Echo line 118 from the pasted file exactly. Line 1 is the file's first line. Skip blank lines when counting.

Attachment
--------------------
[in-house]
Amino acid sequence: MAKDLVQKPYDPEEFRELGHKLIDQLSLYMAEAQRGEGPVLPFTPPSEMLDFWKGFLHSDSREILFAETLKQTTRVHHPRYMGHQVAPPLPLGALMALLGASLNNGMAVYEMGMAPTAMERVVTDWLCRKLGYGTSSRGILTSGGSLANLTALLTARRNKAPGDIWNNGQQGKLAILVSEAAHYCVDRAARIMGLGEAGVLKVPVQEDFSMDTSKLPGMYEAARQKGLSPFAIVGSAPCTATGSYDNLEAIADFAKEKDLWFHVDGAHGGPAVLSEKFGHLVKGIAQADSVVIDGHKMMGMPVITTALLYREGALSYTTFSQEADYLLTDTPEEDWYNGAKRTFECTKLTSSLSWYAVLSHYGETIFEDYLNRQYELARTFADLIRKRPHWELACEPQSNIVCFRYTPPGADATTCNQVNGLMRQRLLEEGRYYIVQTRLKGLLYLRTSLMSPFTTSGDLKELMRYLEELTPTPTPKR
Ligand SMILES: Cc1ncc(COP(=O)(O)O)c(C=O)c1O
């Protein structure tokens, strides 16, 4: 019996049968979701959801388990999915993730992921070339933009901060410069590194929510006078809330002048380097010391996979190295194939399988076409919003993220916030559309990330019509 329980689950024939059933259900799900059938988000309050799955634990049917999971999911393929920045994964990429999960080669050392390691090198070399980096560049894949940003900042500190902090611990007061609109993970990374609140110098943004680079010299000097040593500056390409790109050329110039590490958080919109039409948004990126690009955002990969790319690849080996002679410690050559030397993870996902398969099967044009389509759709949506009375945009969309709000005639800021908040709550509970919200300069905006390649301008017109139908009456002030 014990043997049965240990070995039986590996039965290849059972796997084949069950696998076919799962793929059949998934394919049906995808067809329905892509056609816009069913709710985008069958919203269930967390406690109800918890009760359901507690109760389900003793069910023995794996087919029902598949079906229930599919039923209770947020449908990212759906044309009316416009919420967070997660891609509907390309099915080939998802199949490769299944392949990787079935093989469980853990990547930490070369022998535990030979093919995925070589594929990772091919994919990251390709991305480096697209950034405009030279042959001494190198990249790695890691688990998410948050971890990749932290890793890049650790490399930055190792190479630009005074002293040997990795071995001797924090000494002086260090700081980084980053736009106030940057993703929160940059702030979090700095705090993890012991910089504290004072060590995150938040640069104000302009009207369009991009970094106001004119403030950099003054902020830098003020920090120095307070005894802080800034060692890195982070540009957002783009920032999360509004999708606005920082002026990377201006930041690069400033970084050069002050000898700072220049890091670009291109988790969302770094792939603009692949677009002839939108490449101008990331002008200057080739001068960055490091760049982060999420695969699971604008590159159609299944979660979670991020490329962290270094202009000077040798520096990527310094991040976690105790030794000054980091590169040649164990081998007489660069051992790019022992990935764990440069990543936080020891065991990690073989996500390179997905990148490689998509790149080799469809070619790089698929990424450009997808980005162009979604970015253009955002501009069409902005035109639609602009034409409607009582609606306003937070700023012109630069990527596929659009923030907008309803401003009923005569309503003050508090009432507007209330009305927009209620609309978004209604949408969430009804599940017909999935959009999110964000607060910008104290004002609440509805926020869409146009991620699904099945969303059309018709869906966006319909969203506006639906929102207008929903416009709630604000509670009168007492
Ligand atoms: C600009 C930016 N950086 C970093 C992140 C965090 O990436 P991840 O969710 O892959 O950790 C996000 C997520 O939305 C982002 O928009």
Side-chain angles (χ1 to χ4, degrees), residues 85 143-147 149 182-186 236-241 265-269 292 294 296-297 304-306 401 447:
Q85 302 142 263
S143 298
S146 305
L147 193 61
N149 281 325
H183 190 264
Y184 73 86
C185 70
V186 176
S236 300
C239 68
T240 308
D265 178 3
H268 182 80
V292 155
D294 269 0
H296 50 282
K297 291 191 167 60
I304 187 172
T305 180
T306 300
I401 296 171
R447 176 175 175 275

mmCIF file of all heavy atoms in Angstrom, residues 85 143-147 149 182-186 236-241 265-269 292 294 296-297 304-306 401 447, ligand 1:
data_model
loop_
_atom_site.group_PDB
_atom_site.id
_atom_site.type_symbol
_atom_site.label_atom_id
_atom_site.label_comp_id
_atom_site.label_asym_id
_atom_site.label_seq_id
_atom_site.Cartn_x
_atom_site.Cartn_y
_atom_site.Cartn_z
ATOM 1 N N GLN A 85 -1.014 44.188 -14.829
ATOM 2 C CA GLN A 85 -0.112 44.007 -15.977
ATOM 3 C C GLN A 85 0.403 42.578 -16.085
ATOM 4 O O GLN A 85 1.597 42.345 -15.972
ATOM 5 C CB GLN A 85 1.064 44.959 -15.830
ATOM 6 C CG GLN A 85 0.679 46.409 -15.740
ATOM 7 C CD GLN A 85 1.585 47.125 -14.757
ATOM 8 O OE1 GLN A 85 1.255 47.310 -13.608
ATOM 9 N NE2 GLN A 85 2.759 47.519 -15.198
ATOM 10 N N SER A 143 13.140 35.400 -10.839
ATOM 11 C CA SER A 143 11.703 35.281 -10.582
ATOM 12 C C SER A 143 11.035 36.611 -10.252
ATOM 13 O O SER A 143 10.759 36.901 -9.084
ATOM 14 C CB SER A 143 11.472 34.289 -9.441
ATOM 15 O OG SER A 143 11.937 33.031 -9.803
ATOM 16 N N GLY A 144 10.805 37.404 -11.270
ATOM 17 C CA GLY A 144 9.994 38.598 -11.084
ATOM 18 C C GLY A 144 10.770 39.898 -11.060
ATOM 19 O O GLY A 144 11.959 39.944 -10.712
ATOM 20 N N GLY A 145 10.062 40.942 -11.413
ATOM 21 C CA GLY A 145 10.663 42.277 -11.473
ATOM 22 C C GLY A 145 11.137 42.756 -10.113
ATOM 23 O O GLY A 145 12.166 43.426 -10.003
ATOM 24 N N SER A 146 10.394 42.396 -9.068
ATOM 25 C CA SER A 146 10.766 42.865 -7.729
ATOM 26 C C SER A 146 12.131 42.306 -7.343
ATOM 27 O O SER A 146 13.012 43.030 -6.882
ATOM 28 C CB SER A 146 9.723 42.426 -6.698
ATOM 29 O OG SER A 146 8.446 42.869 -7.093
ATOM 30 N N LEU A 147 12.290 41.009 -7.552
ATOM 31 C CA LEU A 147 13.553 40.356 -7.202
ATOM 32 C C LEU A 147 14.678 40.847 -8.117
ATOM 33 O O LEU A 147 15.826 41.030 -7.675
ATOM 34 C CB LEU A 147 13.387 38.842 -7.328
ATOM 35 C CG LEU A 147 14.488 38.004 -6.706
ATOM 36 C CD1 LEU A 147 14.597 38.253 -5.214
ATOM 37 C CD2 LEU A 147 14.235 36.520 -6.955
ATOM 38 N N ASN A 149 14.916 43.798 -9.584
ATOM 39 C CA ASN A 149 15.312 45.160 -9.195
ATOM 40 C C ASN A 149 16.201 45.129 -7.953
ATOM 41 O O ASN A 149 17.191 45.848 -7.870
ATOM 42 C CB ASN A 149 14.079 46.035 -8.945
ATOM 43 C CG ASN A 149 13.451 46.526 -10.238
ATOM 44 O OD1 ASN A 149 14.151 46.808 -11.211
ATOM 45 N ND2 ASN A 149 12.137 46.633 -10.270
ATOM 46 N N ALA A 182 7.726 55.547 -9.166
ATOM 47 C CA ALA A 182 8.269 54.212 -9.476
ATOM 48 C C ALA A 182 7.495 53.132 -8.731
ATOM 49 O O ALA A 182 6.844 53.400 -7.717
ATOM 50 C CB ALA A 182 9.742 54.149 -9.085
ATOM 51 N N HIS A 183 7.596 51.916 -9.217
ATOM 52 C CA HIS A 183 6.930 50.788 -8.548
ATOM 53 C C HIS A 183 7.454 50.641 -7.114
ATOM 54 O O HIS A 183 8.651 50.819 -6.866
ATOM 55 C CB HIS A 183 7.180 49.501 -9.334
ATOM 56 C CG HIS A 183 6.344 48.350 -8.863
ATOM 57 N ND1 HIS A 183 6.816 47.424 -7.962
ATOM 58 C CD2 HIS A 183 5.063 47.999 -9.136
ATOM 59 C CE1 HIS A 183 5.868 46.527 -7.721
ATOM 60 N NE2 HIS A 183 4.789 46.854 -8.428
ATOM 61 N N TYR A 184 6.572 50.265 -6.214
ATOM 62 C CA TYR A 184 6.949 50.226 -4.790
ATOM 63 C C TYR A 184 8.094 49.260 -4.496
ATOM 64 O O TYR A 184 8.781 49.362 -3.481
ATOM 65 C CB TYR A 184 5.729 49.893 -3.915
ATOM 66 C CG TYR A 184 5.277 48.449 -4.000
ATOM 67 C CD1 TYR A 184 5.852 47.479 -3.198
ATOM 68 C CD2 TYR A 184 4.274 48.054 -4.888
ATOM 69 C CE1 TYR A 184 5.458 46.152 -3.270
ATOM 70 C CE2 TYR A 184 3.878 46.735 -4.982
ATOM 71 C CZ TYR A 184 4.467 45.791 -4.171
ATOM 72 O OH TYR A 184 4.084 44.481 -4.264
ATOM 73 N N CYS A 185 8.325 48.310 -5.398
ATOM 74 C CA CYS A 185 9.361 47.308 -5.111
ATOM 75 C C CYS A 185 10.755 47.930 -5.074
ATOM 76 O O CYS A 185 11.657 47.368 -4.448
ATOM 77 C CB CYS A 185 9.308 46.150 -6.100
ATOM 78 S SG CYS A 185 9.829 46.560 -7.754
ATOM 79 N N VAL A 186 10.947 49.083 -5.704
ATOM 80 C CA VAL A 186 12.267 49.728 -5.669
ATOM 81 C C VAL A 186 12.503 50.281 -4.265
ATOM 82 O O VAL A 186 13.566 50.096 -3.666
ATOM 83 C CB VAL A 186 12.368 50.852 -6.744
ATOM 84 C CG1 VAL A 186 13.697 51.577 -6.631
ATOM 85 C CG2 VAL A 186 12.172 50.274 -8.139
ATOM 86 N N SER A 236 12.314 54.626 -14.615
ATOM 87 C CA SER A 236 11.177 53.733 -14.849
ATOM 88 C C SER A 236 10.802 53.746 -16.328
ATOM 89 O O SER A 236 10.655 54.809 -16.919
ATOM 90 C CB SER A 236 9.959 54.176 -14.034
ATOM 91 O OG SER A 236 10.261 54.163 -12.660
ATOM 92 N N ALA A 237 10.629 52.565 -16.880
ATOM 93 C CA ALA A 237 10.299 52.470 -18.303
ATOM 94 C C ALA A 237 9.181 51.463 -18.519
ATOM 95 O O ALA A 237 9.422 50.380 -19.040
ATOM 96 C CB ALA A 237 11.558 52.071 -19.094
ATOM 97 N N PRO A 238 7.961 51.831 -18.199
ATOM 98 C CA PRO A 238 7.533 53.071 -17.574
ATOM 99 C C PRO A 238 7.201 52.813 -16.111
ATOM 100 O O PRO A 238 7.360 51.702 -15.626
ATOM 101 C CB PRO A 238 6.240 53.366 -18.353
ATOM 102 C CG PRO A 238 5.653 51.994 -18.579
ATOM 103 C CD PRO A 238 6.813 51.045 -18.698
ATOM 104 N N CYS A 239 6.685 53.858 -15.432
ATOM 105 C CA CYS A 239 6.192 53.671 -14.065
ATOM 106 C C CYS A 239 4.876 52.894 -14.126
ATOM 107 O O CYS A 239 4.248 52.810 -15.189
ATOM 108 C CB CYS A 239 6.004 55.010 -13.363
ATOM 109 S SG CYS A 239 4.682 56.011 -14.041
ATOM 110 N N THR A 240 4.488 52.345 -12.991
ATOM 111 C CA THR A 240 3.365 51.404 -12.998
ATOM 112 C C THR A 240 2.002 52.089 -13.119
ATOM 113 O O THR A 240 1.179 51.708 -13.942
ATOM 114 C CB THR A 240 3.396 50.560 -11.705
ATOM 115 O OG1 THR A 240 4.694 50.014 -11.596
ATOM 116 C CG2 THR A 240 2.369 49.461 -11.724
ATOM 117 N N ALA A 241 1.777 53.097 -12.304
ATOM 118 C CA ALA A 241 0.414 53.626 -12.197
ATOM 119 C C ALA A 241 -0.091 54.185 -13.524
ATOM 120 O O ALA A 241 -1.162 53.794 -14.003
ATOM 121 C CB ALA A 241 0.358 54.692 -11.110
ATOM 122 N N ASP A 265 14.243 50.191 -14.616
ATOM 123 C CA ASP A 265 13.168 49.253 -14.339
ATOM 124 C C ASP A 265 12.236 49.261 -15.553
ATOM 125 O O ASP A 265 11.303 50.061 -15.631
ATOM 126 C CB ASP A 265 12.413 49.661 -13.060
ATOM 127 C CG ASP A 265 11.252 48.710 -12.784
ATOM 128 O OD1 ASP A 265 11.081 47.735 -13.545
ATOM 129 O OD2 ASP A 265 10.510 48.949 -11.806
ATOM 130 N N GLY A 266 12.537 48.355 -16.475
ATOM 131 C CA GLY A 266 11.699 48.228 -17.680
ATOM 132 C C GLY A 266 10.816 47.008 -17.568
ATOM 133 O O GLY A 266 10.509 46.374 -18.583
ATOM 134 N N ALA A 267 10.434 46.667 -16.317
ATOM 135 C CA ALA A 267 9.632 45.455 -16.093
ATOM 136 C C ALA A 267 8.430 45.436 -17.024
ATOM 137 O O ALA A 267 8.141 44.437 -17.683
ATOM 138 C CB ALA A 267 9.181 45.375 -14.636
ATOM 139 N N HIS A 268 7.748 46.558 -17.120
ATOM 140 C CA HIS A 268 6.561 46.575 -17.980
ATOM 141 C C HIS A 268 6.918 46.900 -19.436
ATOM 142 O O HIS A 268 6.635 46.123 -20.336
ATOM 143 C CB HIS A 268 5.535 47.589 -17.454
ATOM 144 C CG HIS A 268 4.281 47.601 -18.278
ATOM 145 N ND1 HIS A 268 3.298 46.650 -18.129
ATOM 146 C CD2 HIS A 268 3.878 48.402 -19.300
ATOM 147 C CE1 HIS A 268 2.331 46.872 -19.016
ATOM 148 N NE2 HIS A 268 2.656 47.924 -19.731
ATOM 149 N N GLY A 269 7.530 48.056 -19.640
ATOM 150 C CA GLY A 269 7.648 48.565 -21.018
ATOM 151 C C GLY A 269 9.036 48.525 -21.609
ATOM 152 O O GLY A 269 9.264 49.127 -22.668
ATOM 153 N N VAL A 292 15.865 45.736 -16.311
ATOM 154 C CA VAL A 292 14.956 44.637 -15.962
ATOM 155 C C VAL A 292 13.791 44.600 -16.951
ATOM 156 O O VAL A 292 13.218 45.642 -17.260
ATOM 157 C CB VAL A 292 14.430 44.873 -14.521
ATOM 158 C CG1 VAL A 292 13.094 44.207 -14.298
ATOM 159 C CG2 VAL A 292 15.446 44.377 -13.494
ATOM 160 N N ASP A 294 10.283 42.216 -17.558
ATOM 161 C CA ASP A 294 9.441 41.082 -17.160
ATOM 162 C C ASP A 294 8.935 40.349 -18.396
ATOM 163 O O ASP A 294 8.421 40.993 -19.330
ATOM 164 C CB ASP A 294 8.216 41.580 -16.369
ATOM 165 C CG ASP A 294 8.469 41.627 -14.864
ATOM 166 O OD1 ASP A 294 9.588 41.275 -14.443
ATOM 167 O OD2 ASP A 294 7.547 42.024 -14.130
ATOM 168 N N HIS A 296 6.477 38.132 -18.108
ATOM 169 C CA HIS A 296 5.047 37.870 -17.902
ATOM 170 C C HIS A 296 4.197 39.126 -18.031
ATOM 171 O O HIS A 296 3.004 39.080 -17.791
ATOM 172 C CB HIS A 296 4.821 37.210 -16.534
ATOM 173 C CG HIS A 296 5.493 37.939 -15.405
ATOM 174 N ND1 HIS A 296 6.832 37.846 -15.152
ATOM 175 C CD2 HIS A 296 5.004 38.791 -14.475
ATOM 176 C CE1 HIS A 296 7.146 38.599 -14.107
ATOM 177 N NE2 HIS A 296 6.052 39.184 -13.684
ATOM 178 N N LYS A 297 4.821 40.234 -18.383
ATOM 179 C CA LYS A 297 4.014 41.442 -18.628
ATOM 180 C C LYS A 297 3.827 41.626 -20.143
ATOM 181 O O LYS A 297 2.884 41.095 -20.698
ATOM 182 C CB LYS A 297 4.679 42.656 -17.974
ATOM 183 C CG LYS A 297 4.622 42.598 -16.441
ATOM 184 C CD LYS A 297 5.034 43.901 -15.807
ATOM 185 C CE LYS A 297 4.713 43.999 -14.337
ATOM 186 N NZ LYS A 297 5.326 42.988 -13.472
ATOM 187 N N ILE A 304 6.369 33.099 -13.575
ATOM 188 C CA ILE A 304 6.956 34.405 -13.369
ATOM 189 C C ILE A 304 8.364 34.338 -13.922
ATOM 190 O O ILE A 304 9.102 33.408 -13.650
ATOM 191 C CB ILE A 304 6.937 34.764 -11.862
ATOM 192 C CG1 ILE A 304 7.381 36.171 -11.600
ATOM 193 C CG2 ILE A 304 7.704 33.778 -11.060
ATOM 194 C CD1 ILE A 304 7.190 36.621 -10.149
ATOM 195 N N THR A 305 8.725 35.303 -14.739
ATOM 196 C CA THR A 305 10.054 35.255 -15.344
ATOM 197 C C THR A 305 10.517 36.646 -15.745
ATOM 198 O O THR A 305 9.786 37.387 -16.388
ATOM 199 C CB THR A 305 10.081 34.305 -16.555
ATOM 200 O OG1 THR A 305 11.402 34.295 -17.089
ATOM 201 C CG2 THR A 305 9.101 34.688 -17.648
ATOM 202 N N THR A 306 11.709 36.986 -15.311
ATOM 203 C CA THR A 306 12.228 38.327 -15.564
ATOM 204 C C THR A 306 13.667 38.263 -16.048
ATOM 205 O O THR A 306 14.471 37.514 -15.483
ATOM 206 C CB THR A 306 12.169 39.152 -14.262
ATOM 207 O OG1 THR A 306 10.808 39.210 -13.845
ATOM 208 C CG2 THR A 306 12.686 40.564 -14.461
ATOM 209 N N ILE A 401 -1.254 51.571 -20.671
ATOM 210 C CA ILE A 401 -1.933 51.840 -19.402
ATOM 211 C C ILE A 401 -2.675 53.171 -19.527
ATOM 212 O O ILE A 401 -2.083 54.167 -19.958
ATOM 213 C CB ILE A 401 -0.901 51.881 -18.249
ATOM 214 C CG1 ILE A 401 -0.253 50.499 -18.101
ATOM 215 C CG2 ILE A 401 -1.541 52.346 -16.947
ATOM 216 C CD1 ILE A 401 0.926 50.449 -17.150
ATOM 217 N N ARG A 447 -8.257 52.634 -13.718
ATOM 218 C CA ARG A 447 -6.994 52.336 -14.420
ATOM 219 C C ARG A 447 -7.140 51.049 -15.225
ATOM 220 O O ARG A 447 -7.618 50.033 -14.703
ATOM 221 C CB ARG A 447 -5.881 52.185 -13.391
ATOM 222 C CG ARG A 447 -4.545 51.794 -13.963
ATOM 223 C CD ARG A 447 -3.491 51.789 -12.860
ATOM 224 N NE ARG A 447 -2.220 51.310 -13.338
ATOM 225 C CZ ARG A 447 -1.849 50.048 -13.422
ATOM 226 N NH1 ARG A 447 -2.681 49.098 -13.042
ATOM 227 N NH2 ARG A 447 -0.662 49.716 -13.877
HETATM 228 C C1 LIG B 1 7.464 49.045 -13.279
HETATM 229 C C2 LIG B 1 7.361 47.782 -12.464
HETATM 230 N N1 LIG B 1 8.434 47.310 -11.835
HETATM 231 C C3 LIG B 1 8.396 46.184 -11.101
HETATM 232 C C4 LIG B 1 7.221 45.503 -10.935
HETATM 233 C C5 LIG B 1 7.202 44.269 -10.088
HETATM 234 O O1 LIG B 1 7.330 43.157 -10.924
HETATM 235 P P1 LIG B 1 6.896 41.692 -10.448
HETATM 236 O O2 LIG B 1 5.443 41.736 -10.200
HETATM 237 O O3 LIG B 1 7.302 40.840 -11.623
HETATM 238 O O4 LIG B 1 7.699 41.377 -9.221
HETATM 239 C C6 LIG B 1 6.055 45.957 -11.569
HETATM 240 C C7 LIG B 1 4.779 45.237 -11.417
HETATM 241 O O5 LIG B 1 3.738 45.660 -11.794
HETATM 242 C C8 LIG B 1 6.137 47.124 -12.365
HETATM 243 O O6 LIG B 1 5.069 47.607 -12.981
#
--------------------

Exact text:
ATOM 76 O O CYS A 185 11.657 47.368 -4.448